I just got back from seeing "Food, Inc." with my sons at our church.
It's been on PBS all week, but I couldn't watch all of it. Its really hard for me to watch it, because it really speaks to me, and I was so affected by the issues it discusses over 20 years ago that I became a vegetarian for 15 years.
It saddens me to see the warnings of 20 years ago become today's realities. I feel somehow responsible, because it is my generation that created this mess, trying to feed the world, and eradicate hunger, and now we have a whole new mess on our hands because with the power to feed the world, also came corruption on the back of greed.
I now feel that becoming a vegetarian was wimping out. It is too passive of an action and doesn't really address the original problems. Vegetarian eating is healthier and helps with meditation, but it isn't an answer to anything.
In movies and television I saw as a kid, people used to make fun of farmers who moved to the city. They were portrayed as gullible and clueless, and became targets of scams. I think that they had the most honorable work -- feeding the rest of us. They should be our heroes.
The way farming is done now is very different and it has lost all its honor. It has become a black box that no one looks inside of.
I had already read two of Michael Pollen's books. I know what he is saying, but watching it on the screen was difficult. This is how black boxes work. We put things that are hard to look at inside the box. Out of sight, out of mind.
The end of the movie lists things anyone can do to make a different world for the future. I have been doing some of them:
The first thing was to have my sons watch Food, Inc. and discuss it with them. I explained that the movie was what guided how I have been shopping for the last few years, so they know why I do what I am doing.
This week I doubled the size of my small urban vegetable garden. I follow organic gardening practices I learned many years ago, but never had any place to garden. I have the tiniest urban lot, but I find that to be no excuse anymore.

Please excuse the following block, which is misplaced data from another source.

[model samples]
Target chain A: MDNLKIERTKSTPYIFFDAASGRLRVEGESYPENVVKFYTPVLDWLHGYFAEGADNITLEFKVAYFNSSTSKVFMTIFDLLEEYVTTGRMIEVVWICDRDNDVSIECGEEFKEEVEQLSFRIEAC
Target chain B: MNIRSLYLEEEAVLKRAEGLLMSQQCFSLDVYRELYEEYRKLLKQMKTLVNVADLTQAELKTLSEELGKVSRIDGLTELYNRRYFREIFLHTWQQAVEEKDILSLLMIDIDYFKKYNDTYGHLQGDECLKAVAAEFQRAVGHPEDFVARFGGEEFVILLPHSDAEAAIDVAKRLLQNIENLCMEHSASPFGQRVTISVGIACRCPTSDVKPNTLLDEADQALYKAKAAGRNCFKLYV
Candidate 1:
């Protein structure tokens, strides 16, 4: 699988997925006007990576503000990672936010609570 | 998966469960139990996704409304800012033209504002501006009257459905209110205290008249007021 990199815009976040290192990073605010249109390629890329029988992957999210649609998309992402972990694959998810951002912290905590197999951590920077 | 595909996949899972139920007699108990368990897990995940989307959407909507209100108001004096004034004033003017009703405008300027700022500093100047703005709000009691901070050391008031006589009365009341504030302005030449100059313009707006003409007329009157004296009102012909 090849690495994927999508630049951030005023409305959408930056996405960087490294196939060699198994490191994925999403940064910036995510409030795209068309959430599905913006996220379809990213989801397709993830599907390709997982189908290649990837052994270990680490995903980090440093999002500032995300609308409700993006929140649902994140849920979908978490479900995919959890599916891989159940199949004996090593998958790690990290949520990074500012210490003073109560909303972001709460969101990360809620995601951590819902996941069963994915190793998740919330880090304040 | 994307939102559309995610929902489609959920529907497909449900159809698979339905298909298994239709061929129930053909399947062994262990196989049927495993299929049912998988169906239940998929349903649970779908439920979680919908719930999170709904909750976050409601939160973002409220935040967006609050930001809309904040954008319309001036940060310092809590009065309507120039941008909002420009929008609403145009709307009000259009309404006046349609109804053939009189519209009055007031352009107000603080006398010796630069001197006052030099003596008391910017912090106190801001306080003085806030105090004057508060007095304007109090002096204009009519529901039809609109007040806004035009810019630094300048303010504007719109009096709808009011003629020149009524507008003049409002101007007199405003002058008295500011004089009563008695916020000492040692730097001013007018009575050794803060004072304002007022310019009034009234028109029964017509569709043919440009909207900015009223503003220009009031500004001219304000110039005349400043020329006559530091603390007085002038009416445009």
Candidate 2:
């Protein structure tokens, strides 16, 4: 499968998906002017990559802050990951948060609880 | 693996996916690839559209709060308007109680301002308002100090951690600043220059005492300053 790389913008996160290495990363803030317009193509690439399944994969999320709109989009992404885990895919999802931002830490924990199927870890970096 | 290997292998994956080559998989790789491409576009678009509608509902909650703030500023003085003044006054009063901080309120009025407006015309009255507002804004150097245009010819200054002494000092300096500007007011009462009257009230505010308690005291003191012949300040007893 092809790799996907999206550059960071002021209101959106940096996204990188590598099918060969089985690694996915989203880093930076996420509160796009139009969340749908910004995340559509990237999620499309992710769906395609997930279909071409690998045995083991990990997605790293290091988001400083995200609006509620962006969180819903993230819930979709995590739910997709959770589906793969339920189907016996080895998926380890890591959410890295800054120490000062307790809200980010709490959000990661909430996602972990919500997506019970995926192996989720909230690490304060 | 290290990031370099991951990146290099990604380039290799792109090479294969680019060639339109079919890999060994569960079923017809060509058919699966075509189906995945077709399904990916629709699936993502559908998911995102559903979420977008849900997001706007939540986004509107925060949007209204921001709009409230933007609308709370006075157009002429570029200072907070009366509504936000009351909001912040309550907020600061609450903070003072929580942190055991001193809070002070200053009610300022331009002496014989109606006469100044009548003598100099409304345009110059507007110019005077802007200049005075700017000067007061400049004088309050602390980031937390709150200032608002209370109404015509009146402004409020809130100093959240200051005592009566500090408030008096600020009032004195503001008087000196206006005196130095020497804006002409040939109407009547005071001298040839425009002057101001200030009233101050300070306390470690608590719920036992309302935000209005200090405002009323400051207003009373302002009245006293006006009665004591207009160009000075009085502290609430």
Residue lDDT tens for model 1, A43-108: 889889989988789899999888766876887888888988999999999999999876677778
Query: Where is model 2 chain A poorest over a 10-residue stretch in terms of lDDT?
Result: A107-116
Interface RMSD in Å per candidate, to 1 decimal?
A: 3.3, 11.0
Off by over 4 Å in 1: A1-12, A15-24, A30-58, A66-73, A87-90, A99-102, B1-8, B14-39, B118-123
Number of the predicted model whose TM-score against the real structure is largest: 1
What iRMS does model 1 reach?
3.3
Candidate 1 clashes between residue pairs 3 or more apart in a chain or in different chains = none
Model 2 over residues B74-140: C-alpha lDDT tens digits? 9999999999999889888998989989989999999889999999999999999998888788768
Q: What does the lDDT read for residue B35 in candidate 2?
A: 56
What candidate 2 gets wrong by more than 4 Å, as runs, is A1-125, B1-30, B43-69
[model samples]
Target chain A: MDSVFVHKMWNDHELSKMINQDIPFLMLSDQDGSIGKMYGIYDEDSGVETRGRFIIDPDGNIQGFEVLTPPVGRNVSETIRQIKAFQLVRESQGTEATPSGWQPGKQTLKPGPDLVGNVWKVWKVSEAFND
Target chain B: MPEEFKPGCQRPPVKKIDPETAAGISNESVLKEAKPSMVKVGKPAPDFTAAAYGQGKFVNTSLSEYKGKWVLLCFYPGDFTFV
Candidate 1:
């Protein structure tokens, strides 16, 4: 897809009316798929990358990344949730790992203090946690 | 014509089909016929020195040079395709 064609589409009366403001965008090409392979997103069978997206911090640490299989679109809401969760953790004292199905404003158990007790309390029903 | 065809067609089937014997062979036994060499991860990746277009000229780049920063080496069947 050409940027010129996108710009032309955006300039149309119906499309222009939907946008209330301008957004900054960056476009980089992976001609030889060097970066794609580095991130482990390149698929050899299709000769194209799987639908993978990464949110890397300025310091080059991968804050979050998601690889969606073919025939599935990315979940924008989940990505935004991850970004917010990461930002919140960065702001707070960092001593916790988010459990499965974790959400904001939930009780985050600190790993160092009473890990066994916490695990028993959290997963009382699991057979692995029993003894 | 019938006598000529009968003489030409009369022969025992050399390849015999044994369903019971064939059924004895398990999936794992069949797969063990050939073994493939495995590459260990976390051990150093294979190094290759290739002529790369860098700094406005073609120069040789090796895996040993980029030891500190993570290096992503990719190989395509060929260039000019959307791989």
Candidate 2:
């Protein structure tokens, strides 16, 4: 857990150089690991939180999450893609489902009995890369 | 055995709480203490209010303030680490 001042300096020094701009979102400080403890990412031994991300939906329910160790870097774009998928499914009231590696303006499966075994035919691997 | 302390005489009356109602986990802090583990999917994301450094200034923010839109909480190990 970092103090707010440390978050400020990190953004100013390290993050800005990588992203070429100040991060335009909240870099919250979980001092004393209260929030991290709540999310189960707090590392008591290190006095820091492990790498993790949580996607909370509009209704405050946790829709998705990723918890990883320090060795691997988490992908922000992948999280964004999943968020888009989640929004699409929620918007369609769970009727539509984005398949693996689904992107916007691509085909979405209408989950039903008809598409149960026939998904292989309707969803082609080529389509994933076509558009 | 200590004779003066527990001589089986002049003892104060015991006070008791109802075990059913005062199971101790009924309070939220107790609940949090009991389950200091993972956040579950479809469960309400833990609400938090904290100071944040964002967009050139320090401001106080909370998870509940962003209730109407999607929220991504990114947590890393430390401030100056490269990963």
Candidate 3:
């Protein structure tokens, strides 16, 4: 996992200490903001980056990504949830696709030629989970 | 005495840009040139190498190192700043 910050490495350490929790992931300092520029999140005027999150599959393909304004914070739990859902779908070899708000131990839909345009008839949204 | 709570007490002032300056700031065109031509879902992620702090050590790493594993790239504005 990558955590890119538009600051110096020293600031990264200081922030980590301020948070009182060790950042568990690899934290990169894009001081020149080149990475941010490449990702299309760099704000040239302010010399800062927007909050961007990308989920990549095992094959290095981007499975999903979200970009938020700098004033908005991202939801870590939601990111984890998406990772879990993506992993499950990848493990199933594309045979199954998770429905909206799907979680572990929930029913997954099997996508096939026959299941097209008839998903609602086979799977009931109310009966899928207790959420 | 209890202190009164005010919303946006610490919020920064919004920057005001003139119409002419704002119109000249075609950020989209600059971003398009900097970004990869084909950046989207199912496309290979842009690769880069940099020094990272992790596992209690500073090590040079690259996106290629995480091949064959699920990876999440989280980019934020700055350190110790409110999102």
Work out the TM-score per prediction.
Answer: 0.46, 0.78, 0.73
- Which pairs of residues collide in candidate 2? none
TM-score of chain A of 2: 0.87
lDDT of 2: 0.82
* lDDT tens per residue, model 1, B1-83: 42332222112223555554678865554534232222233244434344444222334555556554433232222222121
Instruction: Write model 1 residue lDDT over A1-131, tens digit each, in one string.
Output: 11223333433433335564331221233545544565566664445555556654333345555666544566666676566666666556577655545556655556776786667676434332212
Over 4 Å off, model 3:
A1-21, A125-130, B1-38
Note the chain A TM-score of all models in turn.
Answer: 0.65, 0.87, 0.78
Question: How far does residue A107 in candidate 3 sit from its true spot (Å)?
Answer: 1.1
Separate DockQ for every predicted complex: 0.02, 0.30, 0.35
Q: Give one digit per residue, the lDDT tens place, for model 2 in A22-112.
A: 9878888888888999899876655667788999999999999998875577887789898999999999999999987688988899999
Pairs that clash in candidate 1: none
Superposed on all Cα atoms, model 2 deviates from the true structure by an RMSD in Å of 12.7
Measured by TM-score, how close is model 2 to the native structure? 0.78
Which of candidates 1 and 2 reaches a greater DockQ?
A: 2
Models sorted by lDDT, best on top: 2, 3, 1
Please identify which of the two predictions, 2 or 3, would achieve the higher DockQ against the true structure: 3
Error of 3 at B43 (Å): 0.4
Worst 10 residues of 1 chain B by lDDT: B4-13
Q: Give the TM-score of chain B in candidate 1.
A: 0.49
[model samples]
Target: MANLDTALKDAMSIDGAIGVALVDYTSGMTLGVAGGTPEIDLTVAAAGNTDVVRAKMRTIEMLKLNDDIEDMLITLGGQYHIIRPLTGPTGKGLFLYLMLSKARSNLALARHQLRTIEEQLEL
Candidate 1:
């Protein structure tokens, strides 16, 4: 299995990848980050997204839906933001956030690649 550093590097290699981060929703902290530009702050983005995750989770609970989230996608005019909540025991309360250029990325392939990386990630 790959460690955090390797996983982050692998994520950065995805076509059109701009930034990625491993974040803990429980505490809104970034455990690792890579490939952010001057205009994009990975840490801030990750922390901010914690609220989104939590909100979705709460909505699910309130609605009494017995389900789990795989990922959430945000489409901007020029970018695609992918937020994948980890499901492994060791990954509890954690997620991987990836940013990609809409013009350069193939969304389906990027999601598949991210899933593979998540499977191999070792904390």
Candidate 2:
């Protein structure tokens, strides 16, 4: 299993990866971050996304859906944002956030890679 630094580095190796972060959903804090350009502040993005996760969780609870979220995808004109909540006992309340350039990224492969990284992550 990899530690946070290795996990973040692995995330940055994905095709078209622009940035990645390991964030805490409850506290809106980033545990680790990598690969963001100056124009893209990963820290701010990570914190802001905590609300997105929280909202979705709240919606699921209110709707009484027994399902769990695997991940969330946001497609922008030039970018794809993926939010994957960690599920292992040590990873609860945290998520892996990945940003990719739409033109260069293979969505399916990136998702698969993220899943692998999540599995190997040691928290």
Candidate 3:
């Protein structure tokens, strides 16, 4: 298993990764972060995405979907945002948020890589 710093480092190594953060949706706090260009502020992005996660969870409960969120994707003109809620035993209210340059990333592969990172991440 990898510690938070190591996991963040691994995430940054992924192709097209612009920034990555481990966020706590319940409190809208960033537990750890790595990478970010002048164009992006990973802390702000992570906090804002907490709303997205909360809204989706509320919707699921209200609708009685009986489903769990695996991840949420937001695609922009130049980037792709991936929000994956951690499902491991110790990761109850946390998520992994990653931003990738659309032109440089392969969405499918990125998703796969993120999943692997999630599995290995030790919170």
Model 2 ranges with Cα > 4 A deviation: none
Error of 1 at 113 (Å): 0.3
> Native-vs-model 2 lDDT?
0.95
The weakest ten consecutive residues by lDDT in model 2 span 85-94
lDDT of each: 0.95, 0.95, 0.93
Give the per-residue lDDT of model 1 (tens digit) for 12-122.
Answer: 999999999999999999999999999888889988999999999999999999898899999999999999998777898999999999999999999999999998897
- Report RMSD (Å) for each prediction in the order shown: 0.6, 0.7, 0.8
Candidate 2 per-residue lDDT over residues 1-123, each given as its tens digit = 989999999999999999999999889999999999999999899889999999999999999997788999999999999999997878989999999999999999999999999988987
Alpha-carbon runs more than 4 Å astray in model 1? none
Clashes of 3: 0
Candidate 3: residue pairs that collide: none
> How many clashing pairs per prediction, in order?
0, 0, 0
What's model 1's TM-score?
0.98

A few years back, we were at the Milwaukee Zoo at the farming exhibit. The master gardeners had a very small plot of land next to the barn which was filled with every kind of vegetable possible. It was such an efficient use of the small amount of space that I could see that it was probably going to produce enough to feed an entire family. I don't have much of a green thumb. It's more Chartruse, but if they can do it, I can learn.
Two years ago I began to purchase all of my food organic, and as much of it locally grown as possible. Its more expensive, but if I cook from scratch, the food is much better and the expense is less.
I cook my own food, and we have meals together as a family. I love this part. I started out in college thinking I would never learn to cook because it wasn't that important of a skill. Now I have watched a few thousand cooking shows and I love cooking. Its a very sensual and purposeful thing to do. Cooking for people you care about is a great way to love them.
By cooking more, I can buy what is fresh, looks good and is in season, instead of relying on whatever is "on sale and stale."
The kids and I visit farms.
We go to the Farmer's Markets in the area.
I read labels. We sometimes buy organic meats, free-range, local products.
I am mostly a Pescatarian now, after being an ovo-lacto vegetarian for 12 years, a vegan for one year, and a macrobiotic for one year. I do eat some meat. The word that best describes my eating style is "flexitarian" something I adopted as a label after finding that going back to eating a lot of meat made me feel somewhat sick.
Flexitarian is nice for all those times when people make fun of the various labels that people use to describe how they eat. It isn't about having rigid rules that you follow to somehow save the world or yourself. Eating is mostly a cultural thing. It affects your social life most of all, secondly your health, and then the health and lives of all those who are affected by what you choose to eat.